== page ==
Electronic Frontier Canada (EFC) has made a strong anti-censorship statement to Ontario Education Minister John Snobelen following published reports that he favours `controls' over Internet materials entering Ontario classrooms.
Dr. David Jones, President of EFC, today addressed a stern letter to Snobelen, after the minister was quoted in the Kitchener-Waterloo Record (Feb. 5, 1997) as saying he wanted to "develop ways to control information that comes into the classroom off the Internet."
Billing EFC as `the country's largest organization devoted to the preservation of `Charter' rights in cyberspace', Jones suggested that, rather than resorting to censorship, "Parents and teachers should provide children with background, perspective, and context that allows them to make wise choices."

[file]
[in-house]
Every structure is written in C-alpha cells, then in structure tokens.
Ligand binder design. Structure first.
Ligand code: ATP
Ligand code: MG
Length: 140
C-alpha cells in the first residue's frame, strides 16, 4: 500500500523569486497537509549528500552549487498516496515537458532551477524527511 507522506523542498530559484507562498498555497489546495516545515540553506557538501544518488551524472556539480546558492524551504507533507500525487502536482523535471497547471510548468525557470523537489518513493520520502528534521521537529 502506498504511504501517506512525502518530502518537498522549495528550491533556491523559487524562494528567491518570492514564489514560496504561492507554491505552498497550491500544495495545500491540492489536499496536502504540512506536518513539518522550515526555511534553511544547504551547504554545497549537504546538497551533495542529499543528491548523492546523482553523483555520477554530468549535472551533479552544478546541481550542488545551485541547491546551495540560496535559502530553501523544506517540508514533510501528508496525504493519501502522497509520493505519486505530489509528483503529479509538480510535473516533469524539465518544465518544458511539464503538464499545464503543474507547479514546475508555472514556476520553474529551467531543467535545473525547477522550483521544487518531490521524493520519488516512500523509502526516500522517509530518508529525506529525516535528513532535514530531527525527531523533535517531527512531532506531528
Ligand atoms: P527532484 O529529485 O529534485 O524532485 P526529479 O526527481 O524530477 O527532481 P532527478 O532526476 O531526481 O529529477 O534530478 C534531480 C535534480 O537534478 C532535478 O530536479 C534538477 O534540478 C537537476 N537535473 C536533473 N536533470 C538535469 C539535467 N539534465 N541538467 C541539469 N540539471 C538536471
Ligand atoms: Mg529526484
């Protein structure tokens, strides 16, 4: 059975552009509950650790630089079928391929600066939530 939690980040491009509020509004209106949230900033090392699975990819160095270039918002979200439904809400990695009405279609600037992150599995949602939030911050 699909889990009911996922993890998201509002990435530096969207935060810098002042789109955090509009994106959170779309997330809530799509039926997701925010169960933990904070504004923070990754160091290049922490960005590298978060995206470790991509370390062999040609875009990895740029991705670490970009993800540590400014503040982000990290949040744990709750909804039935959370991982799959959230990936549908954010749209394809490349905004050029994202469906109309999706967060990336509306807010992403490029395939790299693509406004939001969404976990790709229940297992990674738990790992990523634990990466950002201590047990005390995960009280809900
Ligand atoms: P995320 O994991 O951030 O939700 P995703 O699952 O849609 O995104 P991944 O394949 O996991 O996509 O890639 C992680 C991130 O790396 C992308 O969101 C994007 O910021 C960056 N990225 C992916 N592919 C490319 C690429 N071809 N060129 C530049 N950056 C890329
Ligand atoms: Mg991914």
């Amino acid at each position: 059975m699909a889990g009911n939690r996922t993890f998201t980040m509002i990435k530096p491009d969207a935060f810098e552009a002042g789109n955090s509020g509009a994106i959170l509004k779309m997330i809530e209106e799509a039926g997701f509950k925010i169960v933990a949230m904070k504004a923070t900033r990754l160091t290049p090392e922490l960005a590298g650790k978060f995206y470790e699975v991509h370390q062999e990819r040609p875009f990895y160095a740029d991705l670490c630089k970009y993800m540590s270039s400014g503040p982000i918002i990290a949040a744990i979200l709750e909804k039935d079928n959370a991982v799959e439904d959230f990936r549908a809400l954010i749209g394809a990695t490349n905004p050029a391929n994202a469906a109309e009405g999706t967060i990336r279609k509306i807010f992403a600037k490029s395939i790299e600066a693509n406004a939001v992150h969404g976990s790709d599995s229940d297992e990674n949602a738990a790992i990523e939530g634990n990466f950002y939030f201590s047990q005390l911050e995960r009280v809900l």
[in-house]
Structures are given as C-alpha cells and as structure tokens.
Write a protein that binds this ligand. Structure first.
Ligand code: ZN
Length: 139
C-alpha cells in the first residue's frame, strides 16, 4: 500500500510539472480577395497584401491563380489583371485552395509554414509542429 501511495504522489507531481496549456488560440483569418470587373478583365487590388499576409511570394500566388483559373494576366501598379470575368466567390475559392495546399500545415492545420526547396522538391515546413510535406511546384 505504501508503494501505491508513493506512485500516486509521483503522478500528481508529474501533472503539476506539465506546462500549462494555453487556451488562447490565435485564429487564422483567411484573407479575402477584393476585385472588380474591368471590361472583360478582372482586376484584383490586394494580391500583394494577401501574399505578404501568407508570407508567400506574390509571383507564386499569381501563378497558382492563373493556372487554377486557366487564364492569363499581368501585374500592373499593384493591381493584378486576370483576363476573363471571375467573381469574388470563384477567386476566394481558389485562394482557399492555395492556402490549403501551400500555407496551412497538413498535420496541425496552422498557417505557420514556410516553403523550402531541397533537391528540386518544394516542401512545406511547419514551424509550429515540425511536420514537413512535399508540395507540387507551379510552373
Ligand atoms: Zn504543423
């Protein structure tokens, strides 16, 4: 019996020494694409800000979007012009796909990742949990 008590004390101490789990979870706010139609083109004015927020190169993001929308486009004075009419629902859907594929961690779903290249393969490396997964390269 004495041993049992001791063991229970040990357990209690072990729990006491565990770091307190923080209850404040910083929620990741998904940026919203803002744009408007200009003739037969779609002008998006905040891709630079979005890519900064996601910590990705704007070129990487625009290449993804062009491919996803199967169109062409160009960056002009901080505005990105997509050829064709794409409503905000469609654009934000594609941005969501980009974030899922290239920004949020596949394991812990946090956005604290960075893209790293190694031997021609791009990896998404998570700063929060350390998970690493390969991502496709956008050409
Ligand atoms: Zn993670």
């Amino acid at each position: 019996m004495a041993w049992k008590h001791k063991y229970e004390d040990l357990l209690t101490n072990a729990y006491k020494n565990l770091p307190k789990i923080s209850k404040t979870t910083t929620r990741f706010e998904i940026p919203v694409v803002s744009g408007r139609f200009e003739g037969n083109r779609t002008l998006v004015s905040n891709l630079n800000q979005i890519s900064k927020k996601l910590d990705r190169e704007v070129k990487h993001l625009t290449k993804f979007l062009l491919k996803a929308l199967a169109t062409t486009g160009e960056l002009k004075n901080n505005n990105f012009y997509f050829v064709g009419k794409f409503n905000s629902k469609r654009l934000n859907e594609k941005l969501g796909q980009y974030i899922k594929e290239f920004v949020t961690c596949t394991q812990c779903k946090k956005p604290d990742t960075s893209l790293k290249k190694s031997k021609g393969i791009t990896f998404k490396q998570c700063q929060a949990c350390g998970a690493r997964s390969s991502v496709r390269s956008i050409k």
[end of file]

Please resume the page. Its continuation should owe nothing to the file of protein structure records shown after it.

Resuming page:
In the letter, Jones states that EFC is also categorically opposed the use of so-called `parental control' software in school Internet connections. Such software can be used to block specific sites, or entire groups of sites, dealing with subject matter deemed unfit by the `controlling' authority.